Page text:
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Non-IV-D Immediate Wage Withholding

DCL-94-01

Published: January 4, 1994
Information About:
State/Local Child Support Agencies
Topics:
Case Management, Enforcement, Employer Responsibilities, Income/Wage Withholding
Types:
Policy, Dear Colleague Letters (DCL)
Tags:
Non-IV-D

TO ALL STATE IV-D DIRECTORS

RE:  Non-IV-D Immediate Wage Withholding

Dear Colleague:

We have recently clarified the policy set forth in OCSE-AT-93-06
regarding the Federal statutory requirement that States must provide,
effective January 1, 1994, for immediate withholding in all child
support orders initially issued in the State which are not being
enforced under title IV-D of the Social Security Act (the Act).

First, we have stressed that States may choose from a variety of
approaches in implementing this requirement.  One option could be a
procedure where the employer sends the withheld amount directly to
the custodial parent's bank account through electronic funds transfer
(EFT) or by check.  The bank records associated with the custodial
parent's account would provide an adequate payment record. This
approach would assure prompt distribution, provide for keeping
adequate records to document payment of support, and permit the
tracking and monitoring of such payments.

Second, we have emphasized that, in accordance with OCSE-AT-93-06,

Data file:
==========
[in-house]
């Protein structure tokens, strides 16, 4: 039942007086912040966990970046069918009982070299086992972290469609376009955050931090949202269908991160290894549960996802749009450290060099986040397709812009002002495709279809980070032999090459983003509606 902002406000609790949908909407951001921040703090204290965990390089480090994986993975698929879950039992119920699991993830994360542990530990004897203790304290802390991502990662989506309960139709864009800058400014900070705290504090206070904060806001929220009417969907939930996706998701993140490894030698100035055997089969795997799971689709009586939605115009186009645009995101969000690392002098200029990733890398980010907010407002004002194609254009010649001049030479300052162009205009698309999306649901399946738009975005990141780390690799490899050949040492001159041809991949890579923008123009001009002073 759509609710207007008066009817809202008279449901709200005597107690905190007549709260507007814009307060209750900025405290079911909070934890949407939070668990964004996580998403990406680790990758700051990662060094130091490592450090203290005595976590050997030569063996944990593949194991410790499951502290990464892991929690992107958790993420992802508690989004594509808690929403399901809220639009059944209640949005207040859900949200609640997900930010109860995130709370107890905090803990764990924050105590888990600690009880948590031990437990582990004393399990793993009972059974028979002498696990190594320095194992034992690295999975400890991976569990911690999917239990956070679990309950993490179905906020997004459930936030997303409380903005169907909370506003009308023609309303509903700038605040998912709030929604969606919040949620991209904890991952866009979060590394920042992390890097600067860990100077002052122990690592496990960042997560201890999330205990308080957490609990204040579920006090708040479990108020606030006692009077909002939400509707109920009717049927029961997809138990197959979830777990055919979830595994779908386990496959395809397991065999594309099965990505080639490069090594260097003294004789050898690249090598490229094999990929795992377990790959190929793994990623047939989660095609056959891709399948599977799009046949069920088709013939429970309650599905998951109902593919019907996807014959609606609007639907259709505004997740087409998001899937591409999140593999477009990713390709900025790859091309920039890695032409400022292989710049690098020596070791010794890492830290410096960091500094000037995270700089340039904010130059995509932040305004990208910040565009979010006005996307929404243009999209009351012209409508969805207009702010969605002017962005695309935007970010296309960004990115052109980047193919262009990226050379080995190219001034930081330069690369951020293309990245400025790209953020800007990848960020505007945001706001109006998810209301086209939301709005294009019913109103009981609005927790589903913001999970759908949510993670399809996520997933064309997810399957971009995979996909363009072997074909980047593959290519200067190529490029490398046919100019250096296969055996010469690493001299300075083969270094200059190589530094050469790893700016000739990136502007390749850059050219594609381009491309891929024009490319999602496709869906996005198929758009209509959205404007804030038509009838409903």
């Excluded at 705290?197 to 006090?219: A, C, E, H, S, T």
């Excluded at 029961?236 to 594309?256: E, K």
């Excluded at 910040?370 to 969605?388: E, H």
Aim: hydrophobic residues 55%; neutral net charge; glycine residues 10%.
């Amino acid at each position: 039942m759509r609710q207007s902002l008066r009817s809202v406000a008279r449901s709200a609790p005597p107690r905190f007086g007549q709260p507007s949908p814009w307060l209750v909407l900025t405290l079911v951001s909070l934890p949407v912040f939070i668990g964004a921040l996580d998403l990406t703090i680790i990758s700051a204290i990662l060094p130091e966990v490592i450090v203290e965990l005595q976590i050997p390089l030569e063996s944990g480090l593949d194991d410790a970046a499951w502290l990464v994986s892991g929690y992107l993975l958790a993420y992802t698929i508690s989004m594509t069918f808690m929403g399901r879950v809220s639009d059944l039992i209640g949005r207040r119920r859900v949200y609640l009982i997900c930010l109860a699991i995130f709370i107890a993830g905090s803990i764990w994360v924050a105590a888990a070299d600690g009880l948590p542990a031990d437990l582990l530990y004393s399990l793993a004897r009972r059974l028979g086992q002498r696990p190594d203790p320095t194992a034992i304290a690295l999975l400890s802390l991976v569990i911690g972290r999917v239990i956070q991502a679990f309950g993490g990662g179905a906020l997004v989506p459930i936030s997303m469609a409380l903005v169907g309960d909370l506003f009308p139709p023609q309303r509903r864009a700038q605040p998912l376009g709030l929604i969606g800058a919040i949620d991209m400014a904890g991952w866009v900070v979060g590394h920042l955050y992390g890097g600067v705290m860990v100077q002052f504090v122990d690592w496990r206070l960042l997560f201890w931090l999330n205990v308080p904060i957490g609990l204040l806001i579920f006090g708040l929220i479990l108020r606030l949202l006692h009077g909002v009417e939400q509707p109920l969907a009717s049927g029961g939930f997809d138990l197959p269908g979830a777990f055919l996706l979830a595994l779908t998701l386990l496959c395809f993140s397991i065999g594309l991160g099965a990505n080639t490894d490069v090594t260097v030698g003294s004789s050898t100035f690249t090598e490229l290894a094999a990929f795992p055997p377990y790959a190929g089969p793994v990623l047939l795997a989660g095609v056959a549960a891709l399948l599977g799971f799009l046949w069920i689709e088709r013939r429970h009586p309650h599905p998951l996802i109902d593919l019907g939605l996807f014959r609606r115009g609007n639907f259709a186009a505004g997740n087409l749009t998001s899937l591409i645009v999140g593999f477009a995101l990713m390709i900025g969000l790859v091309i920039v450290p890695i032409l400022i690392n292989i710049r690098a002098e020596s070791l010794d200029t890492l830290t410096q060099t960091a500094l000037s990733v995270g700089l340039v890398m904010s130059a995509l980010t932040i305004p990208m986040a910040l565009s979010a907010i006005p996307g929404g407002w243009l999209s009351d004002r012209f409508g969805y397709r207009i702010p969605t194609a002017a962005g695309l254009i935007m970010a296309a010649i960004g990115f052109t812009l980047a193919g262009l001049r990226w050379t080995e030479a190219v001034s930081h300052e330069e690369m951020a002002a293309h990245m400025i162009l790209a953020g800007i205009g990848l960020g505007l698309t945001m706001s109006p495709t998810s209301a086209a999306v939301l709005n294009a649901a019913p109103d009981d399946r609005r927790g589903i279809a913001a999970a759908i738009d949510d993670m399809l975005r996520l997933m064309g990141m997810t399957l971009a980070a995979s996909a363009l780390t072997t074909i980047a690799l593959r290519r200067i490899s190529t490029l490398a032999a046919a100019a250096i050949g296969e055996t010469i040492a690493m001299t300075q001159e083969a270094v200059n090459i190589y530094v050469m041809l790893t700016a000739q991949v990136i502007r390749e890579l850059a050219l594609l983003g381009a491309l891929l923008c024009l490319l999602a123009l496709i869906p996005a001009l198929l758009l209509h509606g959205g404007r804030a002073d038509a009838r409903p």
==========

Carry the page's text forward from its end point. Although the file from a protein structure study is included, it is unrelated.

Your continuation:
States are free to adopt procedures for findings of good cause and
alternative arrangements not to implement non-IV-D immediate
withholding which differ from the minimum criteria required in IV-D
cases.  States may design criteria for alternative arrangements which
allow the parents, in cases in which they do not want payments to go
through the public agency or publicly accountable entity, or do not
want to pay any fee that may be imposed, to choose on a case-by-case
basis to have withholding implemented through a system where the
employer would send withheld amounts directly to the custodial parent
(as opposed to the public agency or publicly accountable entity). 
States would still need to establish a system for non-IV-D
withholding which meets the mandatory requirements at 42 USC
666(a)(8)(B), but the volume of cases under that procedure may be
lessened by affording parents an alternative arrangement.

Lastly, we have sought to clarify any misunderstanding of cost
recovery activities explained in OCSE-AT-93-06.  The $25 annual fee
restriction in 45 CFR 302.57(b)(3) is applicable to activities
conducted upon the request of an individual obligor or obligee where,
at the State's option, either parent can request that payments be
made through the State agency or other entity  which administers the
State's income withholding system.  This "cap" on fees does not apply
to
recovery of costs for performing mandatory non-IV-D withholding
activities conducted by the IV-D agency where costs must be allocated
between IV-D and non-IV-D activities.  Therefore, States may recover
the full cost of administering withholding in non-IV-D cases.

These clarifications are contained in OCSE-PIQ-93-08, dated December
23, 1993, and OCSE-PIQ-93-09, dated December 30, 1993.  We hope this
information is helpful to you as you implement the non-IV-D
withholding requirements.

                              Sincerely,




                              Robert C. Harris
                              Acting Deputy Director
                              Office of Child Support Enforcement


cc:  ACF Regional Administrators
          Regions I - X

          Program Managers
          Child Support
          Regions I - X